Zoey’s first dental cleaning

I know, I know.  It’s been too long!  The past couple of months have been…well…they’ve just been.  We’ve been busy with everything and nothing and now the holidays.  But, as it always goes when you have a house full of pets, there has been a lot of furry activity!

On Halloween, little miss Zoey underwent her very first dental cleaning.  I am pleased to share that it went off without a hitch (as most dental procedures do in the veterinary world) and her teeth cleaned up beautifully.  As you know, dental care is a priority for the general health and well-being of our canine and feline family members.  Dental cleanings are full anesthetic procedures just like other surgical procedures requiring sedation, intubation, and general anesthesia.  The veterinary practice I work for typically recommends annual dental cleanings and bi-annual oral exams.  Zoey is the last of my babies to experience her first dental cleaning and, at six and a half years old, her teeth were in the best condition – not even a trace of staining and no damaged teeth.

Despite working in the hospital and being privy to hundreds of dental cleanings over the years, I was still a little nervous about my special needs baby undergoing the procedure.  This was the first time she would be going under anesthesia since she was spayed more than six years ago.  But, I was able to get over the nerves because I trust our medical team and their knowledge/skill in using the dental and human-grade anesthetic equipment we have.  Plus, it’s always important (and reassuring) to have pre-anesthetic blood work run to ensure that your baby is safe to undergo the procedure.  Zoey’s blood work was great and her cleaning took all of 20-25 minutes.  Little miss woke up comfy and cozy in her own bed set atop the warmer pad in her kennel.  All in all, a successful first experience for my baby.  And I am pleased with the results…even if she was a sassy-pants before surgery and bit me.  The joys of motherhood, right?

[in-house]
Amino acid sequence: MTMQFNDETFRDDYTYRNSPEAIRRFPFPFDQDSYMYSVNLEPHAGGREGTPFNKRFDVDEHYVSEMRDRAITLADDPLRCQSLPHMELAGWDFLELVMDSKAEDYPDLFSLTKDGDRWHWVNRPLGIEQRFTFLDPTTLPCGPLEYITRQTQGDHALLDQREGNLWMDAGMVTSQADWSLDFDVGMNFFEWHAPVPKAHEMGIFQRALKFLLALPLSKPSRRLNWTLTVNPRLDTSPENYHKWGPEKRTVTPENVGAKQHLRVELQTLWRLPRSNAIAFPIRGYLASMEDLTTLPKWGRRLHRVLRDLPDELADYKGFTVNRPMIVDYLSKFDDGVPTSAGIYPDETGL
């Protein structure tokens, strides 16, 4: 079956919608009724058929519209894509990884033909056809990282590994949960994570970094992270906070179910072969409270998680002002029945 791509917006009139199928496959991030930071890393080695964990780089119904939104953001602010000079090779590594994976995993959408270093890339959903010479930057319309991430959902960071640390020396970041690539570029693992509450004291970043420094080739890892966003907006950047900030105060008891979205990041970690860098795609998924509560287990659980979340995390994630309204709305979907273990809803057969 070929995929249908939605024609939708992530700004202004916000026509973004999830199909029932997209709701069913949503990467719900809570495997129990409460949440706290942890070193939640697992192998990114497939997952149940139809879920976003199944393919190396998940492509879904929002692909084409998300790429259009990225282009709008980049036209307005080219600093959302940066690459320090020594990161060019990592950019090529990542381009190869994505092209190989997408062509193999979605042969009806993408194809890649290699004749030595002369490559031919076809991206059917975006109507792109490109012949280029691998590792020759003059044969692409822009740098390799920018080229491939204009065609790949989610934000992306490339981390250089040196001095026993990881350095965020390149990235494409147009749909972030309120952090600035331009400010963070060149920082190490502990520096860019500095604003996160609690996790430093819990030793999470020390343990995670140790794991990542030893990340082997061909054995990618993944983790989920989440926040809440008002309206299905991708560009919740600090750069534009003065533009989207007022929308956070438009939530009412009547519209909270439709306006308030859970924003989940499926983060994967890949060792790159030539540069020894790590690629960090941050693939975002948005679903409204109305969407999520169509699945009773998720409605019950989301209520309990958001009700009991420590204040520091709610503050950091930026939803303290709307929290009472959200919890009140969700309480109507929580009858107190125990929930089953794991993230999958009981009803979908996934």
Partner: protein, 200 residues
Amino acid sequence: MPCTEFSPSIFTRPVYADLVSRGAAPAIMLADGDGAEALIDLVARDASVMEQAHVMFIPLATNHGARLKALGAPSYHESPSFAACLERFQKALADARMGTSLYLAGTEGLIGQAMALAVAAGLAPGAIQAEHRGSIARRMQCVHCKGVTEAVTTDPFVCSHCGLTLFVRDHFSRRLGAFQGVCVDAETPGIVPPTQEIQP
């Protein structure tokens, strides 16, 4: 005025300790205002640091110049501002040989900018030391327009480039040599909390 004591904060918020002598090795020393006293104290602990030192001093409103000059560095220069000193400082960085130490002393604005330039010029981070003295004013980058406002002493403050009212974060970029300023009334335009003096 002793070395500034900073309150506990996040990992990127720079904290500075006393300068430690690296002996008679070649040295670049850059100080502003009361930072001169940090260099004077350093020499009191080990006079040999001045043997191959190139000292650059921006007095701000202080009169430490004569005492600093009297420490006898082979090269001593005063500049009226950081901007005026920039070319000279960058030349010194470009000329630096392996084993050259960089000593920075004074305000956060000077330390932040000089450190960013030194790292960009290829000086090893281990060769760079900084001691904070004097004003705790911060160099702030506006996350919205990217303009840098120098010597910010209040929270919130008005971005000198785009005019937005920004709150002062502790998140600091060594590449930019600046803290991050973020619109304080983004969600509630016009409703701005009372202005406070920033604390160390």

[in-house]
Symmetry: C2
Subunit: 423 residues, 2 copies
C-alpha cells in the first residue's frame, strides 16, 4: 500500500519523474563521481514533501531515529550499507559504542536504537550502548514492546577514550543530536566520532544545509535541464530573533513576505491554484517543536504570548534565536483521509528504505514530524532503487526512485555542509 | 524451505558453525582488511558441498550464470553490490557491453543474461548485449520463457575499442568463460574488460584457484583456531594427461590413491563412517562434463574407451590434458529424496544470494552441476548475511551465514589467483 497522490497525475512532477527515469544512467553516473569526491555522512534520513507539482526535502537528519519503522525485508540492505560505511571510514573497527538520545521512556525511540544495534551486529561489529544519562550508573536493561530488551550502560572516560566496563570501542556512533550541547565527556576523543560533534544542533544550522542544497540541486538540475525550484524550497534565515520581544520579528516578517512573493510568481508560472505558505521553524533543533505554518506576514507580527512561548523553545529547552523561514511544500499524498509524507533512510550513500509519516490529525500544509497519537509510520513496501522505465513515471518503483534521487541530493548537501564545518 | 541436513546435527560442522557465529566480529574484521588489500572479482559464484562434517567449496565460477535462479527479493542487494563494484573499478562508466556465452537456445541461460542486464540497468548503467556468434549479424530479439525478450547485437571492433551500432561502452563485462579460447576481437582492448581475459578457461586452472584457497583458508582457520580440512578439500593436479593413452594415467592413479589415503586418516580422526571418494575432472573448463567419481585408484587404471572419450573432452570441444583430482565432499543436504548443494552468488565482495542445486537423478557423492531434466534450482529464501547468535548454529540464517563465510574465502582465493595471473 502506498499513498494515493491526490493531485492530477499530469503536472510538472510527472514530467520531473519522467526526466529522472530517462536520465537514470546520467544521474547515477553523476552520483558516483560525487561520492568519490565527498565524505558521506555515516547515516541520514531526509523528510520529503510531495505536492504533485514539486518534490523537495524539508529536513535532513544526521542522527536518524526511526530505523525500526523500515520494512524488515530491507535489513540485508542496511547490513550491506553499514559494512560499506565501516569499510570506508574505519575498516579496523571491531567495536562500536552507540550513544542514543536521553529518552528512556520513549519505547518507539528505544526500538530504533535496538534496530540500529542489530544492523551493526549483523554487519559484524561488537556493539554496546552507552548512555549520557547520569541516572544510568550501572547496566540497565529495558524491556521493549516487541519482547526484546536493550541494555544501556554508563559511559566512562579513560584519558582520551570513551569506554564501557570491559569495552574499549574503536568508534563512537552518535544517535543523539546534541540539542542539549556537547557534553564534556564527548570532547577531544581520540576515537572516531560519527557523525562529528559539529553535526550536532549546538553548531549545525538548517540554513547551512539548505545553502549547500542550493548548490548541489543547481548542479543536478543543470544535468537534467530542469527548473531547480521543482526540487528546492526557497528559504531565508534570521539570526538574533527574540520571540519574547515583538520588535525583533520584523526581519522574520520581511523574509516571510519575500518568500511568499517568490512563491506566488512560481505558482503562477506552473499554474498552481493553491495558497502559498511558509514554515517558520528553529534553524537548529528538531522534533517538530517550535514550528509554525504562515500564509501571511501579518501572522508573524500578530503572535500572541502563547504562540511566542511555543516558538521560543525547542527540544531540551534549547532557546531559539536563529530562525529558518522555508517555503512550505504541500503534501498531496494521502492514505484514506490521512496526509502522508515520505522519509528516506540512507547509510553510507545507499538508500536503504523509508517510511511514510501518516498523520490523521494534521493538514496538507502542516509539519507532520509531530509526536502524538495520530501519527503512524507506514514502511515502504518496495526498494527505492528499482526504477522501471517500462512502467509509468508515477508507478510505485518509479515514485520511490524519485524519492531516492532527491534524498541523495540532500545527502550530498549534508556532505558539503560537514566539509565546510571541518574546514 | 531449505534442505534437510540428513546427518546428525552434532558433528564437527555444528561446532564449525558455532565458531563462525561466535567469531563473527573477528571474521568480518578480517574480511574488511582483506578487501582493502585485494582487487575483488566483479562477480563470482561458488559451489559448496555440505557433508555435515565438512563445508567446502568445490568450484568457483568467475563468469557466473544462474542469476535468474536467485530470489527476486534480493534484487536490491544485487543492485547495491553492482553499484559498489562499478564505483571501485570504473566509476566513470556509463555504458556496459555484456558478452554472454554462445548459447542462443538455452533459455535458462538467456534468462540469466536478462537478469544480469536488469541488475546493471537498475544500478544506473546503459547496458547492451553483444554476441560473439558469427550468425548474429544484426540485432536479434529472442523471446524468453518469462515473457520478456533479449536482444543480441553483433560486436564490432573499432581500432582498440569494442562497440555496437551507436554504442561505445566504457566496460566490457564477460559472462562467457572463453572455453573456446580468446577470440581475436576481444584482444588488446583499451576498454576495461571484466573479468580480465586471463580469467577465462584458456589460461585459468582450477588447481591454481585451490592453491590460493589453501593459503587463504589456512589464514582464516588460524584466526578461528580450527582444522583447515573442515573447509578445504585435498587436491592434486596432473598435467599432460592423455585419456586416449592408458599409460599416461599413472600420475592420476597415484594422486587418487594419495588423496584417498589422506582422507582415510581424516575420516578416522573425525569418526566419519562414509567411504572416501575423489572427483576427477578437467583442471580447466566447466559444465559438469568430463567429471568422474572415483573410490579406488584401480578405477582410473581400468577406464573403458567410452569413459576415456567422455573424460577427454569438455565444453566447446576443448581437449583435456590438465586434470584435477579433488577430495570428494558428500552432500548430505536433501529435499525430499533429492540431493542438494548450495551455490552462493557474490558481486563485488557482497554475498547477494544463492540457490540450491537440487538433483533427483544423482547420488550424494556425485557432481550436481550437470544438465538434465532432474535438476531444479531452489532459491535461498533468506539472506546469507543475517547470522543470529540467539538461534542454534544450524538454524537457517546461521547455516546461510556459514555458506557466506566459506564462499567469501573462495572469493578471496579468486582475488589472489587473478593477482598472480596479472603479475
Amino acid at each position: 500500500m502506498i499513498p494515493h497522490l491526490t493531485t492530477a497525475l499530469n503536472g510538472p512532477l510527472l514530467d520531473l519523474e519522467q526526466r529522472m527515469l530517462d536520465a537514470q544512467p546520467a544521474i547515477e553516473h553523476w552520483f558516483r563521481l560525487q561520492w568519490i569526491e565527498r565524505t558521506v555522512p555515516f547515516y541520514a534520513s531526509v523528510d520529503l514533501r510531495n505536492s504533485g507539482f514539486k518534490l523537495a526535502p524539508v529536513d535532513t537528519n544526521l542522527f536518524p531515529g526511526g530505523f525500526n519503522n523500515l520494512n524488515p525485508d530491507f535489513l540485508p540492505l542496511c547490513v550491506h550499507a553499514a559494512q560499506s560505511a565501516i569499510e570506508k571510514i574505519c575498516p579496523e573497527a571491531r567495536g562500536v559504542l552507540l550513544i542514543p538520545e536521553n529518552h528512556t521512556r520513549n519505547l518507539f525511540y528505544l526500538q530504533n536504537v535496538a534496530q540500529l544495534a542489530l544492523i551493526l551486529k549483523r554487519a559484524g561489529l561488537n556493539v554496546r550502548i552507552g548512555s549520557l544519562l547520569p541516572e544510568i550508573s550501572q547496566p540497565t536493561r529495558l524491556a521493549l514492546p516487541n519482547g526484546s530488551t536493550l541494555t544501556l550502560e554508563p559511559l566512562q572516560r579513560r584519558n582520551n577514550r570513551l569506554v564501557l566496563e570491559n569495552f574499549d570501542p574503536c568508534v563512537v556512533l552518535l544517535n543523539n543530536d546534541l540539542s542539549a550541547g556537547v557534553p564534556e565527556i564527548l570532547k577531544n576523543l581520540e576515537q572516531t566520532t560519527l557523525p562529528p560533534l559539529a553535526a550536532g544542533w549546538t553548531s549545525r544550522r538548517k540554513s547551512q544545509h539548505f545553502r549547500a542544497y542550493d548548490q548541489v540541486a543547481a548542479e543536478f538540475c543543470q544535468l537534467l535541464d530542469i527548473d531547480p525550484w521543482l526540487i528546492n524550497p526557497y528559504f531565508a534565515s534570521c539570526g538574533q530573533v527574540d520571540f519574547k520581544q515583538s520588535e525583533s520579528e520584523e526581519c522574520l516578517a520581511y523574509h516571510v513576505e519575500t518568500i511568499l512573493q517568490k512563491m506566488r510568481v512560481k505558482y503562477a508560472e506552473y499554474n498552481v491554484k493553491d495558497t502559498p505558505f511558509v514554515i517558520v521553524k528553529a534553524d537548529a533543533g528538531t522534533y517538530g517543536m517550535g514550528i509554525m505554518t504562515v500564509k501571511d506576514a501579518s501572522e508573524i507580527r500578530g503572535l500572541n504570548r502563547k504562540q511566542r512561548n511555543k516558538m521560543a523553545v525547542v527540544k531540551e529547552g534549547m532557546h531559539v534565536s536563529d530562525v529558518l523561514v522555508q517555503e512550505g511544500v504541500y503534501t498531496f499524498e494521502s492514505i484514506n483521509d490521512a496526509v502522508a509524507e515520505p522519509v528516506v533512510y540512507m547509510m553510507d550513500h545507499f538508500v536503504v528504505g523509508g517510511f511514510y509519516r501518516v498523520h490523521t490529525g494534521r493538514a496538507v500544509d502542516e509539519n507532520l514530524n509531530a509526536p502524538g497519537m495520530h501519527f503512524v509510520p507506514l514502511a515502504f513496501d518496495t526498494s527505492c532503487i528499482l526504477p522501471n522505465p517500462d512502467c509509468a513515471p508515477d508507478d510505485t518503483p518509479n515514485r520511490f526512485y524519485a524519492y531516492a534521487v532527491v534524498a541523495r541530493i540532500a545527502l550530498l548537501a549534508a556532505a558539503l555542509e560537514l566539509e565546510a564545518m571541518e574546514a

Zoey takes in the sights and sounds of the clinic from the comfort of her own bed in one of our kennels.

Zoey takes in the sights and sounds of the clinic from the comfort of her own bed in one of our kennels.

On top of a warmer pad, Zoey is intubated and has an IV catheter providing fluids throughout the procedure.

On top of a warmer pad, Zoey is intubated and has an IV catheter providing fluids throughout the procedure.  Her vitals are monitored and documented every 5 minutes by the medical team.  (The blood pressure cuff is visible on her leg.)

Zoey's mouth and teeth are examined, charted, and scaled (using both a hand-scaler and automated ultrasonic scaler.)

Zoey’s mouth and teeth are examined, charted, and scaled (using both a hand-scaler and ultrasonic scaler.)

Zoey's teeth are polished after scaling is complete using mint polish.  Her teeth were sparkling at this point!

Zoey’s teeth are polished after scaling is complete using mint polish. Her teeth were sparkling at this point!

Post-op.  Zoey is less than 5 minutes out of from anesthesia.  She's groggy and has the e-collar on because she was sassy during pre-op and bit me.  The collar was there to keep the techs safe as she woke up and, later, her IV catheter could be removed with ease.

Post-op. Zoey is less than 5 minutes out of from anesthesia. She’s groggy, her eyes look funny from being lubricated, and she has the e-collar on because she was sassy during pre-op and bit me. The collar was there to keep the techs safe as she woke up and to make removing her IV catheter easier after she was fully awake and recovered.  I love this picture because she looks ridiculously cute…albeit drugged.

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